Some of the players who have moved past that previously highly thought of duo are; 6'3, 220 pound Terrell Owens clone Tyler Calico of Middle Tennessee, a guy with whom the Rams and many other teams were very impressed, during All-Star practices; Illinois' 6'1, 180 pound Brandon Lloyd, a very productive and experienced big play receiver who gained 2000 yards and scored 19 times in the last two seasons in Champaign; S.E. Missouri star Willie Ponder, who caught 15 TD passes and gained 1453 yards in 2002; a pair of San Diego State prospects in Kassim Osgood and J.R. Tolver who combined for an incredible 21 touchdowns and over 3300 yards receiving in 2002; and Nevada junior Nate Burlson, a 6' 180 pound star who had a tremendous 2002 campaign with 1629 yards and 12 touchdowns.
I particularly like what I see of Osgood, who proved he could play with the big boys in 2002 against Colorado (14catches-178yd), Arizona St. (10-158 1TD), and UCLA (10-145 1TD). At 6'4 205, Osgood would fulfill the Rams need for a tall receiver, and his production is proof of his big time ability. San Diego State has sent some great receivers to the NFL in the past, such as Az-Zahir Hakim, Isaac Curtis and Darnay Scott, not to mention a guy named Marshall Faulk.
One player who is making a big move in ranking of late is 6'2 180 pound David "Circus" Kirkus, who showed at the Hula Bowl exactly why he was able to shatter NCAA records with 60 touchdowns in two seasons at Grand Valley State, as he scored the first two TDs of that All-Star game; the second on a brilliant leaping catch in the end zone on a long halfback pass. All Kircus must do is run well for the scouts in his private workouts to really solidify a first day selection.
A highly talented small college trio are; 6'1 ½, 200lb Doug Gabriel (Central Florida), 6'2, 190lb speedster Ryan Hoag of tiny Gustavus Adolphus College, who some scouts say may be the fastest receiver in the draft at 4.3 in the forty, and 6'4 215lb Michael Hayes, who starred at Southern U. after transferring from LSU, with 1328 yards and 15 scores in 2001, before a knee injury messed up his final year in Baton Rouge.
Gabriel, who originally signed with U of Miami, dropped a few too many passes in Senior Bowl practices to improve his stock much, and Hayes will have to show he is 100% healed from his injury in his workouts to make a round two or three grade. If he checks out OK, Hayes becomes one of the biggest sleepers in this draft. Hoag is the real super sleeper of this draft, along with Kircus, but Hoag, who started his career at Wake Forest playing on a soccer scholarship, is by far the more athletically gifted of the two and a very fast guy that lots of scouts are taking about.
If size is not an issue for an NFL team looking to add WR depth in this draft, a couple of hugely productive athletes of lesser stature could really fill the bill. Arizona State junior Shaun McDonald ended a tremendous career with an 86 catch, 1412 yard, 13 TD junior year, following a 47-1104-11TD-sophomore campaign.
Only his lack of size at 5'9 172 pounds will keep this Az Hakim clone from being a surefire second round pick. Like Hakim, this guy is big play dynamite, with 4.33 forty speed and jitterbug moves, and whatever team takes this the ex-Sun Devil will have something special, including a top punt return prospect. Look for the Cardinals, in dire need of WR help in this draft, to look hard at keeping the Phoenix native at home for his pro career.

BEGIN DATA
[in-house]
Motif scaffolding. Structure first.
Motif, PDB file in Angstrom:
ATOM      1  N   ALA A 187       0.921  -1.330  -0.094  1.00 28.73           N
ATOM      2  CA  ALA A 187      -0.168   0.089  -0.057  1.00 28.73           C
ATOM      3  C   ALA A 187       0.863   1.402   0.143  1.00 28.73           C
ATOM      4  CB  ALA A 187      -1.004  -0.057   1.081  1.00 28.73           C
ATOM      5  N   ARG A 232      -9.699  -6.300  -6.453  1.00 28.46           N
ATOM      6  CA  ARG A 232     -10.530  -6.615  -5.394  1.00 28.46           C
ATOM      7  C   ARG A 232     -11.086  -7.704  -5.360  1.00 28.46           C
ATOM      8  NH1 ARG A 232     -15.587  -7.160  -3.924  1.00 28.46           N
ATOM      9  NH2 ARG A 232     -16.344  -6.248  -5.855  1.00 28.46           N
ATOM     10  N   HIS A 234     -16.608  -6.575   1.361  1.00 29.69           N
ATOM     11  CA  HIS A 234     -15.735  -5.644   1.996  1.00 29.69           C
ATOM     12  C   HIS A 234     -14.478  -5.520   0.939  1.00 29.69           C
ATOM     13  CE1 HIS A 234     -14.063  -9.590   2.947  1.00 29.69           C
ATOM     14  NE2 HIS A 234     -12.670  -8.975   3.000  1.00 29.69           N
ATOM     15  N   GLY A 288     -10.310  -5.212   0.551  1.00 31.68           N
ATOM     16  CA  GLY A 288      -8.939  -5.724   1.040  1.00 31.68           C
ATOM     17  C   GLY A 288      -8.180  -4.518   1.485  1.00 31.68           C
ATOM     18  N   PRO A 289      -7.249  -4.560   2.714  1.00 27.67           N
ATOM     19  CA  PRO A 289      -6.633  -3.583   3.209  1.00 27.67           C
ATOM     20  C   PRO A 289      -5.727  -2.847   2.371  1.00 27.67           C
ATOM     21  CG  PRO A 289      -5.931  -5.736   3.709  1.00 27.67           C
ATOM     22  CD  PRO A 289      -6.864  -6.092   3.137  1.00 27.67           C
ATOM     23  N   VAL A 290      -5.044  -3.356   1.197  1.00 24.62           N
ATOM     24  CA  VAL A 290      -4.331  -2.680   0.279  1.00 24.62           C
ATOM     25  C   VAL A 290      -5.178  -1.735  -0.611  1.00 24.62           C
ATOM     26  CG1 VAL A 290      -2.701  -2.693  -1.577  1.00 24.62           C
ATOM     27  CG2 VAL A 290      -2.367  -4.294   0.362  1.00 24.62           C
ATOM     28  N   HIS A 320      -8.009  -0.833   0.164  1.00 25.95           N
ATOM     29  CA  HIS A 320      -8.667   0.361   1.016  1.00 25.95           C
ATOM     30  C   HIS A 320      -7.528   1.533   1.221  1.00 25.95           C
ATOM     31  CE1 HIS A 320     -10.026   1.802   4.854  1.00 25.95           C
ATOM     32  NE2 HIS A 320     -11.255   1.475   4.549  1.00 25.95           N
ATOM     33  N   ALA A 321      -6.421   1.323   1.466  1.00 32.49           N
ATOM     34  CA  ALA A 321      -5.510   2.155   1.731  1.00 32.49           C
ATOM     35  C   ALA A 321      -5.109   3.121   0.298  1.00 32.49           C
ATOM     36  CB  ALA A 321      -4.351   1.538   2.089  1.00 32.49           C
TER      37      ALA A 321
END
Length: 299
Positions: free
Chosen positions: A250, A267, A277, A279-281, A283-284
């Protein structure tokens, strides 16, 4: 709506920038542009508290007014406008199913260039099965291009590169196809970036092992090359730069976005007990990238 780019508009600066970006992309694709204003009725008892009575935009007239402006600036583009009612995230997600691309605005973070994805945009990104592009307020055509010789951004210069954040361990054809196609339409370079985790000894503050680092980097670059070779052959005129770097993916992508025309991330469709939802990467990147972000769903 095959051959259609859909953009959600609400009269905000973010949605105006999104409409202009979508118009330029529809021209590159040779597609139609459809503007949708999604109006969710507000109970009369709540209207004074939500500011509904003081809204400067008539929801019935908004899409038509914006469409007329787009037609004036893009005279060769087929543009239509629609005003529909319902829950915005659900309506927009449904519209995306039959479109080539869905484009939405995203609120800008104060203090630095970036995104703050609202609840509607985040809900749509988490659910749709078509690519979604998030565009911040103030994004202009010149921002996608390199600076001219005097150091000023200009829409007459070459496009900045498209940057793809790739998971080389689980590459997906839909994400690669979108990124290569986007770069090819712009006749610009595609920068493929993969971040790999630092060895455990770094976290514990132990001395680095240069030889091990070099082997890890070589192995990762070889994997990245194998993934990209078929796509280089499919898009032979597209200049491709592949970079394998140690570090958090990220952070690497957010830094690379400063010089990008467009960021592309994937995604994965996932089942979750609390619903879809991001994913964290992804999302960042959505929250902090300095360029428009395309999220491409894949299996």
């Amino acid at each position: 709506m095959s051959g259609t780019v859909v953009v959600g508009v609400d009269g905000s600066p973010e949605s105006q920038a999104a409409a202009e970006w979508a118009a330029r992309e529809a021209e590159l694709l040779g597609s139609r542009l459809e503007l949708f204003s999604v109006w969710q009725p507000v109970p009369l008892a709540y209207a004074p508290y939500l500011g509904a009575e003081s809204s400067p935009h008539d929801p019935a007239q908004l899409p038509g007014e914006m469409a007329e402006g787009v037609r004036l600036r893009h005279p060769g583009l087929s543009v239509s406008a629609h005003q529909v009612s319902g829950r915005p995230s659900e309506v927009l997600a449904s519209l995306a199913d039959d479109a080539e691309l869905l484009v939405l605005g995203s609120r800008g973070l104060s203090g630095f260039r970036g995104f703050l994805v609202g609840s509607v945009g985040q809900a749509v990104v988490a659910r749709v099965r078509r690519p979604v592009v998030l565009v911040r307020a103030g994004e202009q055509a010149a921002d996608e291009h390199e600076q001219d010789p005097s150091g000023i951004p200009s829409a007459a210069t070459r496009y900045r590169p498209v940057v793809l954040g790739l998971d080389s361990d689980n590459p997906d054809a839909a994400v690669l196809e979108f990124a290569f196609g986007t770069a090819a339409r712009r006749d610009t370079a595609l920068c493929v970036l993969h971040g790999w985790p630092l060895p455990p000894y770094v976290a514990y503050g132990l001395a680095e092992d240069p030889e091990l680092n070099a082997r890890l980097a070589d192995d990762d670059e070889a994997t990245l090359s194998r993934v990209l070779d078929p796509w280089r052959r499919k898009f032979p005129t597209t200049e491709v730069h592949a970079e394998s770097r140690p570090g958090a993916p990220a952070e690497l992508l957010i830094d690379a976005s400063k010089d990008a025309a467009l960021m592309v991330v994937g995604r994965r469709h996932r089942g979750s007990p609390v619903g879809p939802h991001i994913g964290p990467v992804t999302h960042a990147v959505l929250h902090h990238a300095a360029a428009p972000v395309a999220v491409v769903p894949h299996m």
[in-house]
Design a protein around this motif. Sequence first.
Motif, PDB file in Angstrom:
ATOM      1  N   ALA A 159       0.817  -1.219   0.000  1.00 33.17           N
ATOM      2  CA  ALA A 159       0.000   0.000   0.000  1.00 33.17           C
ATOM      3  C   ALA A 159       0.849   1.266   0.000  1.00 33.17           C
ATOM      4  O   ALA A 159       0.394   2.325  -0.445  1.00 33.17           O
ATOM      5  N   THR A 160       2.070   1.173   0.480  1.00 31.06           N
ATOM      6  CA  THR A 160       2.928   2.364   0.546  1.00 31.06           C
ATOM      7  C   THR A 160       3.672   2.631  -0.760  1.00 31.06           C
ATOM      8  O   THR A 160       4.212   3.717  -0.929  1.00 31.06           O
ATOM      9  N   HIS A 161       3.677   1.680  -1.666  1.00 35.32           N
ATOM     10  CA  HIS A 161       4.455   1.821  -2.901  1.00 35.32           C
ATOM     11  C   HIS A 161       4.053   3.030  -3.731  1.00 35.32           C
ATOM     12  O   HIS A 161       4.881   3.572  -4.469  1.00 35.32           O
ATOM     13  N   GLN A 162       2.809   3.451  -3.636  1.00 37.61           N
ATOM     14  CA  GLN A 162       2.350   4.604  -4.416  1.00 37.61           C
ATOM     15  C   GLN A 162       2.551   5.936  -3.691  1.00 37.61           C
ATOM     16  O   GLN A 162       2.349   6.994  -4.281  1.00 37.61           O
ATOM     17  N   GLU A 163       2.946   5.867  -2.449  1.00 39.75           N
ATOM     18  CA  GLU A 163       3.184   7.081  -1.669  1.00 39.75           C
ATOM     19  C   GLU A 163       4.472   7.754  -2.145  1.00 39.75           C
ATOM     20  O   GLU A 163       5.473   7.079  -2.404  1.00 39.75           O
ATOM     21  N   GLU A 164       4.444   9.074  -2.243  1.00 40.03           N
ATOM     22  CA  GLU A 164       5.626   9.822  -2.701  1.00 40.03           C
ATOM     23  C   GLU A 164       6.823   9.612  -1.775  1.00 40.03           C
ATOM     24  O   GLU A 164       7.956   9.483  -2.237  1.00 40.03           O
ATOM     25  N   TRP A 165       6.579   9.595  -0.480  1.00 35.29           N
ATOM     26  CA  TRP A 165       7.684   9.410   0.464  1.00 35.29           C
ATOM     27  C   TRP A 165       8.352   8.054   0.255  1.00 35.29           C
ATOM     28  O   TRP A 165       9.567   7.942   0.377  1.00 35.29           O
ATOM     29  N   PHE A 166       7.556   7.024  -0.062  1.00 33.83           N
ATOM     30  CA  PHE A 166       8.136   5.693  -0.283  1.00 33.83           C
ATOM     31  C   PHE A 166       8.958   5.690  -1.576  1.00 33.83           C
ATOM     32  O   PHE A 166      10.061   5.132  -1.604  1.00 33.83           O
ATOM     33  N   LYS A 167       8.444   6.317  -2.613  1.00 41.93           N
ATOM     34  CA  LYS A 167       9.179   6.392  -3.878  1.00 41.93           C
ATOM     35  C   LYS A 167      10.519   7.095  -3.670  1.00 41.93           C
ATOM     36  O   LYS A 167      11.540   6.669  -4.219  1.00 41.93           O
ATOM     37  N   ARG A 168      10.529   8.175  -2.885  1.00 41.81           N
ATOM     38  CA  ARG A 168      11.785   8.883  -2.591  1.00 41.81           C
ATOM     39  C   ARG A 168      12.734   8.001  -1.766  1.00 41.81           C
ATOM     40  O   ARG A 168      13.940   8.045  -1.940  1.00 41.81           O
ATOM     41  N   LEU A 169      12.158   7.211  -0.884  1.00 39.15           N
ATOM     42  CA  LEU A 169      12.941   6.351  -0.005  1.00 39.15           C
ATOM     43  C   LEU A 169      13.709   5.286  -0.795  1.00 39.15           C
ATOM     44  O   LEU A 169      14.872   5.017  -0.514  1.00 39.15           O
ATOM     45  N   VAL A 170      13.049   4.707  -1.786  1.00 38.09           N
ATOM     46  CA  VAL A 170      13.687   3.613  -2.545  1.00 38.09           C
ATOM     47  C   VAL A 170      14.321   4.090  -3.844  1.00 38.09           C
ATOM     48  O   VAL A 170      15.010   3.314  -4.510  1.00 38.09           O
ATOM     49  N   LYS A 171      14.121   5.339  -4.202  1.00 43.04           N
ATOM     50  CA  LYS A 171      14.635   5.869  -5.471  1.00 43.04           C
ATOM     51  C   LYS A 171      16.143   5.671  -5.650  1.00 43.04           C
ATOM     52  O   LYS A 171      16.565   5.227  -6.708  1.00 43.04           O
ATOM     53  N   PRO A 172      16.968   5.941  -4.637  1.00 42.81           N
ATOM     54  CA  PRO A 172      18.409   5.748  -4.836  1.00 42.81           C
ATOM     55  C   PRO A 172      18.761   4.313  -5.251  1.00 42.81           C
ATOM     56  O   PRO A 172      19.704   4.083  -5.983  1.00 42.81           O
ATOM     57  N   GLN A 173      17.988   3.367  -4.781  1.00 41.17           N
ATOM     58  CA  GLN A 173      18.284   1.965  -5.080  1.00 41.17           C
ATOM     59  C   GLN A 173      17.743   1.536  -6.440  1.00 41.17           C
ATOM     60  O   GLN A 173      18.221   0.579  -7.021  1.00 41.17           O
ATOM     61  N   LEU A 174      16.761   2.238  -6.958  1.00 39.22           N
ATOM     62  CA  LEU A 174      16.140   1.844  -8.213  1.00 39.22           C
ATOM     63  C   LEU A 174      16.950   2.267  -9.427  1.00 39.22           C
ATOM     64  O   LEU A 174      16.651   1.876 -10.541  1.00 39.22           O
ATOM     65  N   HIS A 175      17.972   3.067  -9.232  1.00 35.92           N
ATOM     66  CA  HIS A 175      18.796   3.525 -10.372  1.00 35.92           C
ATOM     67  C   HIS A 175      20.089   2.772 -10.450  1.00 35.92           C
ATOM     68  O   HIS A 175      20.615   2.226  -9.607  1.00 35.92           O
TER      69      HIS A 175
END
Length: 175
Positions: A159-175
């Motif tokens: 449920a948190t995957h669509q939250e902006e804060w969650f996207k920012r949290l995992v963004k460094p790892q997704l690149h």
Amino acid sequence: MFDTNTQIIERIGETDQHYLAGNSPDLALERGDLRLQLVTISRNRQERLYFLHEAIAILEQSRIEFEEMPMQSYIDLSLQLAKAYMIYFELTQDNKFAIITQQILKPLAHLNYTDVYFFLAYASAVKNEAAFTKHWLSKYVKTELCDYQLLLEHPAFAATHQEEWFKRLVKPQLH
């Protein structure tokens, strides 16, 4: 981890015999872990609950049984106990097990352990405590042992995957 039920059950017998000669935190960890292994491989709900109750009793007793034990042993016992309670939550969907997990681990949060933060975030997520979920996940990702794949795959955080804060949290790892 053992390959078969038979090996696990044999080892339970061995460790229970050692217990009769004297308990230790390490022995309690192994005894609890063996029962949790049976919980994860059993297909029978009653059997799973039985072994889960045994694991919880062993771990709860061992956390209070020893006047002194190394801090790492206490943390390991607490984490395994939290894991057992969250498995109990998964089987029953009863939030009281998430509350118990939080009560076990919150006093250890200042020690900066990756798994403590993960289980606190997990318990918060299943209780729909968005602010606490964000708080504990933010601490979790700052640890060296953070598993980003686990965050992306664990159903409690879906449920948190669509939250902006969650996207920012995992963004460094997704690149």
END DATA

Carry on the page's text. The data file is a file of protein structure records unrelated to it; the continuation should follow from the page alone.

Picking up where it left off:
A second diminutive speedster with impressive college stats is Utah's Kevin Curtis, who destroyed all of their records with three dazzling seasons totaling 3889 yards and 38 scores, 19 of them as a sophomore, on just 55 total receptions in 2000. Curtis is only 5'11 and 185 pounds, but like McDonald he also runs in the 4.3 range, and this Tim Dwight clone will probably be a solid pro as a third WR and punt returner.
One factor working against Curtis is that he will be 25 when the NFL season opens. Like Hakim, chances are Curtis and McDonald could really benefit by being drafted by teams that play on turf indoors, where there ability to change directions is accentuated.
Another player who could go from relative obscurity to NFL notice is Western Michigan's Jermaine Lewis, a 6'4, 210lb ex-defensive back who was moved to offense with great success his senior season. If Lewis runs 4.4 or better in workouts, his size and toughness will make him a hot third round commodity or a steal in round four.
Among other better known receivers who had nice college careers, but somewhat lacking in athletic ability, are Notre Dame's 6'1, 215 lb Arnaz Battle a tough guy who's play lives up to his name, Oklahoma's 6', 185 lb Antone Savage, underachieving speedster Kareem Kelly of USC, a 6' 185pounder, and three tall lanky basketball player types; U. Of Illinois Walter Scott, Washington State's Mike Bush, and Missouri's Justin Gage, all in the 6'4 or 6'5 range with great ability to go up and get the football in a crowd, though lacking the sub 4.5 speed to really get high grades.
Other prospects who will probably get drafted on day two of the draft are; Washington State's Jerome Riley, LaShaun Ward of Cal, Arkansas Pine Bluff's Phil Doolin, Arketa Banks of Elon, Clemson's J.J. McKelvey, E. Tenn. State's Cecil Moore, Anton Paige of Texas Tech, and Iowa's C.J. Jones.
There may also be a few ex-QBs who may switch to WR in the NFL, and are decent athletic prospects, but after the Eric Crouch disaster in 2002, let's not even go into that possibility for Mike Martz and the Rams.
Most of the time, we draftniks in the media will start with the quarterback position when we start putting out our analyses prior to the draft, but I thought I'd begin with the wide receivers instead, for a number of reasons.